• Children seem more susceptible to symptomatic bronchospasm than adults
• Young infants may have a less mature renal concentrating ability than adults
• Young children seem to handle fluid overload poorly in comparison to adults
• Children resuscitated with hypotonic fluid may develop cerebral edema and seizures
• Young children have a higher metabolic rate and energy requirements per unit body weight and will lose lean body mass more rapidly if fasted
• Young children have a higher surface area to body weight ratio which makes hypothermia more likely to occur
• Young children may form hypertrophic scar more readily than older adults
• Child’s upper airway is narrower and therefore more susceptible to occlusion by soft-tissue swelling
• Child’s trachea is shorter and therefore more susceptible to mainstem intubation
• Young children have thinner skin than older children and adults which makes burn healing and donor harvesting more problematic
• Young children have smaller blood vessels than adults which makes vascular access more challenging
• Young children grow, often outgrow, with an initially good surgical result and require revision
• Pain and anxiety assessment is more difficult in children than adults
• Family and school issues have a major impact on physical and emotional recovery in children
• Major changes in psychologic needs with developmental stage are predictable
Important anatomic differences also exist. The child’s upper airway is narrow and more prone to occlusion from resuscitation-associated edema. The trachea is shorter in infants, and more susceptible to mainstem intubation. Young children have small caliber blood vessels, making vascular access more challenging. Children will often outgrow an initial good surgical result, requiring more frequent reconstructive interventions. Anecdotally, young children more vigorously form hypertrophic scar than the elderly. Young children, like the elderly, have a much thinner skin, making burn healing and donor procurement more challenging.
Important emotional and psychologic differences also exist. Pain and anxiety are more difficult to assess in young children and adults. Emotional pitfalls and needs vary with development, with the middle school years being particularly difficult. Family and school issues have a major impact on the well-being of a recovering child.
29.3 Epidemiology and Mechanism Differences
The etiology and incidence of burns varies most with socioeconomic status and age . In the developing world, legislative safety mandates are less frequently enforced resulting in both a higher incidence of injury and differing mechanisms. Electrical injuries are far more common in developing countries as are related cooking injuries. In the developed world, scald injuries predominate in infants and toddlers.
Safety and prevention are laudable efforts in this age group. Safety mandates are variably enforced and include legislation regarding fire retardant sleepwear, fire safe cigarettes, and hot water heater temperature set points. Prevention efforts focused on family education have been successful . Constant repetition is essential.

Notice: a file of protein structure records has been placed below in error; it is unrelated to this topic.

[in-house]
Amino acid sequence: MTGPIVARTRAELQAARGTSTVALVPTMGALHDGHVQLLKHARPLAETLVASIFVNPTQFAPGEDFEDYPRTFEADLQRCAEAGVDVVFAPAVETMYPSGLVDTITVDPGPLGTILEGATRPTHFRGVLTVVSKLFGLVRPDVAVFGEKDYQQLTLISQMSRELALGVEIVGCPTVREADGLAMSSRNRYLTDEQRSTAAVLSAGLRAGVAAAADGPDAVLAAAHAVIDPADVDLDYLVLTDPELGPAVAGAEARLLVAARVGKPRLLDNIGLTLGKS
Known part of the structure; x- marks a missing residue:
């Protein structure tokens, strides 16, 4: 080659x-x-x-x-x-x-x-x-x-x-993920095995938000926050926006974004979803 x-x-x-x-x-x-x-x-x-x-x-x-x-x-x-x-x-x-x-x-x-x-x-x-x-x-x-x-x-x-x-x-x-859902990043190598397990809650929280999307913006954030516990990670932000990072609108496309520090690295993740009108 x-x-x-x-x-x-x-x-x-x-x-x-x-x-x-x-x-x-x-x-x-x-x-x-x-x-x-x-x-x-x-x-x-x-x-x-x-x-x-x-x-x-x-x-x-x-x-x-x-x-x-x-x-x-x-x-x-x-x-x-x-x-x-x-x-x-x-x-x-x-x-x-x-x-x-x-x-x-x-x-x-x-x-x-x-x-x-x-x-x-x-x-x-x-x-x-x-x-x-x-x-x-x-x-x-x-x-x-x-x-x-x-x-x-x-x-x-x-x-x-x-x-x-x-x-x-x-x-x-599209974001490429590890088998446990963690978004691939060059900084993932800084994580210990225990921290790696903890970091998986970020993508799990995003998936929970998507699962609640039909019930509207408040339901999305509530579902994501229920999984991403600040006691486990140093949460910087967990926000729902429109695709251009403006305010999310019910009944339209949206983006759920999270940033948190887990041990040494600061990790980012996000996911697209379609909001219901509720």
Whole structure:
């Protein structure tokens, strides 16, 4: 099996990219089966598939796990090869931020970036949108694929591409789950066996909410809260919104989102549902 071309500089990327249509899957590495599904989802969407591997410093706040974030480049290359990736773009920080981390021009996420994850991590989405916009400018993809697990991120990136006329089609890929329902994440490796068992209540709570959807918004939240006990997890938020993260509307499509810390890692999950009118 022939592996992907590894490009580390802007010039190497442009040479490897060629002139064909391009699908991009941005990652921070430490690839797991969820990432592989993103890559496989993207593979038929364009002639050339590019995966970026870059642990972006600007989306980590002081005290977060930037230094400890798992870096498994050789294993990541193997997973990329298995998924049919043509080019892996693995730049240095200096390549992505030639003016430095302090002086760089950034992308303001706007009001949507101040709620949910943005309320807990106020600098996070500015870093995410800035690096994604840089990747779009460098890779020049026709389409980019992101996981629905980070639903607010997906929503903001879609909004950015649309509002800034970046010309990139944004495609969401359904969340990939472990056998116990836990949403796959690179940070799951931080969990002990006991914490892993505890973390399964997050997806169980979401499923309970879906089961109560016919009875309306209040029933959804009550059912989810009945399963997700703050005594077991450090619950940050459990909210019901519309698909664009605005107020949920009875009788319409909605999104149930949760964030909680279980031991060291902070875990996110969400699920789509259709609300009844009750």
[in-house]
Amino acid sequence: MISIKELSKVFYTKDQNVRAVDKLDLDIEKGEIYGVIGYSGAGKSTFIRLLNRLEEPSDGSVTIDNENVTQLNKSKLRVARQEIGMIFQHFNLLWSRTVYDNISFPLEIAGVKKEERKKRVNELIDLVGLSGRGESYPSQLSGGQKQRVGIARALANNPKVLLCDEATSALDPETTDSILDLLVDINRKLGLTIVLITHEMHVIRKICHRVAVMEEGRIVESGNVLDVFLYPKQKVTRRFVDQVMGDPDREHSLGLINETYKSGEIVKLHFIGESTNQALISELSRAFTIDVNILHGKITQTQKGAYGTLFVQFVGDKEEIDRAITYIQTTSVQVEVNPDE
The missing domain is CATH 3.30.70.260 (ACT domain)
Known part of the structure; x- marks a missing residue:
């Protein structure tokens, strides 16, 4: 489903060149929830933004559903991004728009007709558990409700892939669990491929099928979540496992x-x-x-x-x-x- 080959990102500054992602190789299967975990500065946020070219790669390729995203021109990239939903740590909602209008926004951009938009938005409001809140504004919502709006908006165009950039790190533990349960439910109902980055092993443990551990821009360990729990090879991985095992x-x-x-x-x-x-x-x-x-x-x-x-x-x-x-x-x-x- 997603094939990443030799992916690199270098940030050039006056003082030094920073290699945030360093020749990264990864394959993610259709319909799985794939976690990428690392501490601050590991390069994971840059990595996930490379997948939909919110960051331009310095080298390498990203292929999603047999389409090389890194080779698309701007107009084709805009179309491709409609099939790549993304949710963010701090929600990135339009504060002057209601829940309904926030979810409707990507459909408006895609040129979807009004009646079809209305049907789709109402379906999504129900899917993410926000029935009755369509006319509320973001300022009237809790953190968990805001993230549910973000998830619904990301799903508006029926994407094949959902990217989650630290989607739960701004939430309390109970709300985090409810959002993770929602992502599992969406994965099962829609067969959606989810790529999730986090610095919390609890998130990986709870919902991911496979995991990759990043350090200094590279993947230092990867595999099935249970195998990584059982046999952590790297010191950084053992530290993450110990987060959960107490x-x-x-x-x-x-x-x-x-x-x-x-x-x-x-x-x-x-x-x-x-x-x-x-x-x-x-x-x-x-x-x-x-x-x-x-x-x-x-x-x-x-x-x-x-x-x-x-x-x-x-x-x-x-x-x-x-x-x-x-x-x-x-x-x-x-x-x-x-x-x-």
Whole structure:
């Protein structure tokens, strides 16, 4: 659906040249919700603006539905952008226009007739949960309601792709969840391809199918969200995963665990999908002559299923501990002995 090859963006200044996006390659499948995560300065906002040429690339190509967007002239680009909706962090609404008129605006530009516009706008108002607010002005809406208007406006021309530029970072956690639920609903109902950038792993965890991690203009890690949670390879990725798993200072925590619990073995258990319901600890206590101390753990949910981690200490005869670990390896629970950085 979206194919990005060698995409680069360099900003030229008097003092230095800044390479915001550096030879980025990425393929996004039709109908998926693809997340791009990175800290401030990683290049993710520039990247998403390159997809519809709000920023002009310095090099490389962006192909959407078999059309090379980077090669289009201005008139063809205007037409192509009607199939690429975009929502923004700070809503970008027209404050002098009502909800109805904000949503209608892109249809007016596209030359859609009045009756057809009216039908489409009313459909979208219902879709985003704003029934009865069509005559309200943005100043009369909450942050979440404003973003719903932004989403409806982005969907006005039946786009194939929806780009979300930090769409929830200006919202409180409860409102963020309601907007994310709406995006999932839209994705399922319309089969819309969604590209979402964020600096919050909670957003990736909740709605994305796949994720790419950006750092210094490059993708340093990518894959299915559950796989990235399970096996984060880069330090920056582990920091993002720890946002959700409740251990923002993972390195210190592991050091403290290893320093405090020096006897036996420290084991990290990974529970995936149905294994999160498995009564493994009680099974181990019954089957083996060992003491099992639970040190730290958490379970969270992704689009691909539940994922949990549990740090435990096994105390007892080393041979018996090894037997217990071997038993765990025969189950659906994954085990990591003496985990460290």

29.4 Outpatient Care Differences
29.5 Inpatient Care Differences
The general management strategy for children with large burns based on the early excision paradigm is not conceptually different than that for adult patients . These principles are well outlined elsewhere in this book. However, some subtle but important differences in execution do exist. Engaging the family throughout the care process is important. Time should be budgeted in the busy provider’s day to review progress and plans with the family frequently. Having the family as an ally is extremely helpful both short and long term.
The hypermetabolic catabolic state is poorly tolerated by young children. Early tube feedings are advocated, generally beginning during resuscitation. Short-term parenteral nutrition is well tolerated and can be useful during periods of sepsis or hemodynamic instability . Nutritional targets should include 2–2.5 g per kilogram of ideal body weight per day of protein and a caloric target of 1.5–1.7 times a basal metabolic rate . The use of anabolic agents remains an area of some controversy in the field with good outcomes documented on both sides [17, 18].
Differentiating benign fever from sepsis in children can be challenging. Many young children have a propensity to manifest high fever in the absence of infection. In the current era of antibiotic stewardship, if a child looks toxic with a fever, drawing blood cultures and starting antibiotics with a plan to stop them if the blood cultures are negative at 72 h is reasonable . Children with inhalation injury and respiratory failure are ideally managed with lung protective strategies of mechanical ventilation, pulmonary toilet, and focused treatment for infection . It was not that long ago that young age was an independent predictor of mortality in burns. However, that is no longer the case largely secondary to the evolution of pediatric critical care techniques with early wound excision, accurate individualized fluid resuscitation, lung protective strategies of ventilation, and focused treatment of infection .
29.6 Fluid Resuscitation Differences
Basic principles of burn resuscitation are similar in adults and children. Here again, this section will only present differences that have practical clinical consequences. Children with burns less than about 15% of the body surface generally need no formal resuscitation. Providing them fluid at about 150% of a maintenance rate via combined oral and intravenous route is generally sufficient. Adequacy of hydration can be monitored by urine output (weighing diapers and physical exam looking at mucous membranes and peripheral pulse quality).